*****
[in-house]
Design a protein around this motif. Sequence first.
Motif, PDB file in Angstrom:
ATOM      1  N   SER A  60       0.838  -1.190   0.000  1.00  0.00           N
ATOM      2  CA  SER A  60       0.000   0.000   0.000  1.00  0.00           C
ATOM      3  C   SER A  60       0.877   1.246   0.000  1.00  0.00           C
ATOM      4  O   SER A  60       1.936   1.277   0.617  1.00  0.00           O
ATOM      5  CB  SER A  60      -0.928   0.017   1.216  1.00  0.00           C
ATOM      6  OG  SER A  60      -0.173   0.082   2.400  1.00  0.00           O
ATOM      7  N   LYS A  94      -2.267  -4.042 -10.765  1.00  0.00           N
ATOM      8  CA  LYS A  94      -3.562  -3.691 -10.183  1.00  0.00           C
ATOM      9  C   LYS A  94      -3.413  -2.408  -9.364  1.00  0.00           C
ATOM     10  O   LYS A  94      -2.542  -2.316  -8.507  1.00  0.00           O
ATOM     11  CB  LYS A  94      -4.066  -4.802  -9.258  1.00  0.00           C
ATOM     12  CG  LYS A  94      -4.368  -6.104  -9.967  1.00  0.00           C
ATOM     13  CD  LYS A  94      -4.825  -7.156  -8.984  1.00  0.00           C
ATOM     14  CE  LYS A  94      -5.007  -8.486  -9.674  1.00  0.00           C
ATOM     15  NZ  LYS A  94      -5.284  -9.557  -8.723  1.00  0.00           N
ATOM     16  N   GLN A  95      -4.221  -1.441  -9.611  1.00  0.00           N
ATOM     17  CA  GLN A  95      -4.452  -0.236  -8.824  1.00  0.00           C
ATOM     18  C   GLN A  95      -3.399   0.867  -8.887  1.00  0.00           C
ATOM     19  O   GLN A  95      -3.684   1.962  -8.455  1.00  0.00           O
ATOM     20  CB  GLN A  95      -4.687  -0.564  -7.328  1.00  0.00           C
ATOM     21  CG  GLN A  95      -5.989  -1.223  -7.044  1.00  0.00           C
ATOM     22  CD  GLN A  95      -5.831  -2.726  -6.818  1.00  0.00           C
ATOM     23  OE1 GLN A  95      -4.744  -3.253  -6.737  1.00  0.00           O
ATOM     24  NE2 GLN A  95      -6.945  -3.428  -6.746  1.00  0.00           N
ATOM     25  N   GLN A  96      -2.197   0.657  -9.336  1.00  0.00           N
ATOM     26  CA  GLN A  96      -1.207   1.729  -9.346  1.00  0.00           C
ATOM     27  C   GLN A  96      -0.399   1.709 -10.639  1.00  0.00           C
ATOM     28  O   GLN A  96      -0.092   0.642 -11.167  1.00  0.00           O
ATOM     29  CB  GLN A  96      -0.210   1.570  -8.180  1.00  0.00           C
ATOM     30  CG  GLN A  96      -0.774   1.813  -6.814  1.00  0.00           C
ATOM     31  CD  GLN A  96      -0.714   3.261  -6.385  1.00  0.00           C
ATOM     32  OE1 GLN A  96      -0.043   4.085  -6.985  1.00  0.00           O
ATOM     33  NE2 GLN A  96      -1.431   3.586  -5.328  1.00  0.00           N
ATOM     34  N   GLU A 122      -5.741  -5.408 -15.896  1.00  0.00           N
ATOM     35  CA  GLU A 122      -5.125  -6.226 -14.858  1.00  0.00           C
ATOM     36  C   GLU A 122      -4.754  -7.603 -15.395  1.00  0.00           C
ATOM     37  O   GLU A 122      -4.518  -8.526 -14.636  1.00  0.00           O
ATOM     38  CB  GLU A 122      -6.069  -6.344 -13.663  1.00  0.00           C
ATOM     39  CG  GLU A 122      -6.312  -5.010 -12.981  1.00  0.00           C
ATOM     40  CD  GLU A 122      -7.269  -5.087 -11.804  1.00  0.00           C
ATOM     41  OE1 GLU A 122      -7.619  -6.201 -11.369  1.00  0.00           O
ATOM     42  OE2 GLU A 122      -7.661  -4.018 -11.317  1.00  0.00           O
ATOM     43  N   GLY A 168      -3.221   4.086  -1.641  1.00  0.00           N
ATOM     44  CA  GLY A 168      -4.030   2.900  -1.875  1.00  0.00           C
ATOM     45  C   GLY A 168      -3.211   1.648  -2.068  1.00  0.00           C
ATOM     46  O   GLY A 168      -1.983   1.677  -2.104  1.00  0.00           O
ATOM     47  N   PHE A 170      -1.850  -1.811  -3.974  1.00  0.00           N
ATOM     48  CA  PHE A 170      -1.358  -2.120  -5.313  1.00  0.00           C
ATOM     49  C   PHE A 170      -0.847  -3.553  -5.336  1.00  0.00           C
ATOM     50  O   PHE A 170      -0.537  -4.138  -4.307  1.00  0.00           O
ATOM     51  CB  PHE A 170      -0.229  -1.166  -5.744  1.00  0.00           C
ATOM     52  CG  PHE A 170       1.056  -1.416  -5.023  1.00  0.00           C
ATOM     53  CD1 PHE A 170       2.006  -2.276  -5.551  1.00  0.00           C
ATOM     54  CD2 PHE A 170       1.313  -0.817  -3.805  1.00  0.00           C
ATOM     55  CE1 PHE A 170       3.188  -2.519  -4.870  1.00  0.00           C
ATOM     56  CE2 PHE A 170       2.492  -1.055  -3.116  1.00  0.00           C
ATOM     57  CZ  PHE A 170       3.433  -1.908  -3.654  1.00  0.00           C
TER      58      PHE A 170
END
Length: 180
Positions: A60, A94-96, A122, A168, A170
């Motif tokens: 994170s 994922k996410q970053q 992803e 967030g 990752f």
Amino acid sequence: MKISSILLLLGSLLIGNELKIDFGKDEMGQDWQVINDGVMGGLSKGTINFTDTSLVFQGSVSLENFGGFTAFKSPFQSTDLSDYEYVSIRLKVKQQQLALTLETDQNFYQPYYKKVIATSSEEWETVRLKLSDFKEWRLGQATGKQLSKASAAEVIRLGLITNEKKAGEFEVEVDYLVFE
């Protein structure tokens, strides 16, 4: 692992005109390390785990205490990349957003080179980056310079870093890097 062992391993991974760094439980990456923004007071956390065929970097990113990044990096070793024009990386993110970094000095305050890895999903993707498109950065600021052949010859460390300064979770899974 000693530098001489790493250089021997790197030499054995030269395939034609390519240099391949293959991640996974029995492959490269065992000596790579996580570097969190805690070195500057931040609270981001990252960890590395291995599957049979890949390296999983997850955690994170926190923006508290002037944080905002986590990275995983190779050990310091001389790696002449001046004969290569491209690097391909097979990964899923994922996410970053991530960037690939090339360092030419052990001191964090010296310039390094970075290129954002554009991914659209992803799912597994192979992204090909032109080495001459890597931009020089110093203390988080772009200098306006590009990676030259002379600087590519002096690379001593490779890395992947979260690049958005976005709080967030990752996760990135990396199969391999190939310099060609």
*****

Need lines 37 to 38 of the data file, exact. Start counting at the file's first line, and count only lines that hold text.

ATOM     34  N   GLU A 122      -5.741  -5.408 -15.896  1.00  0.00           N
ATOM     35  CA  GLU A 122      -5.125  -6.226 -14.858  1.00  0.00           C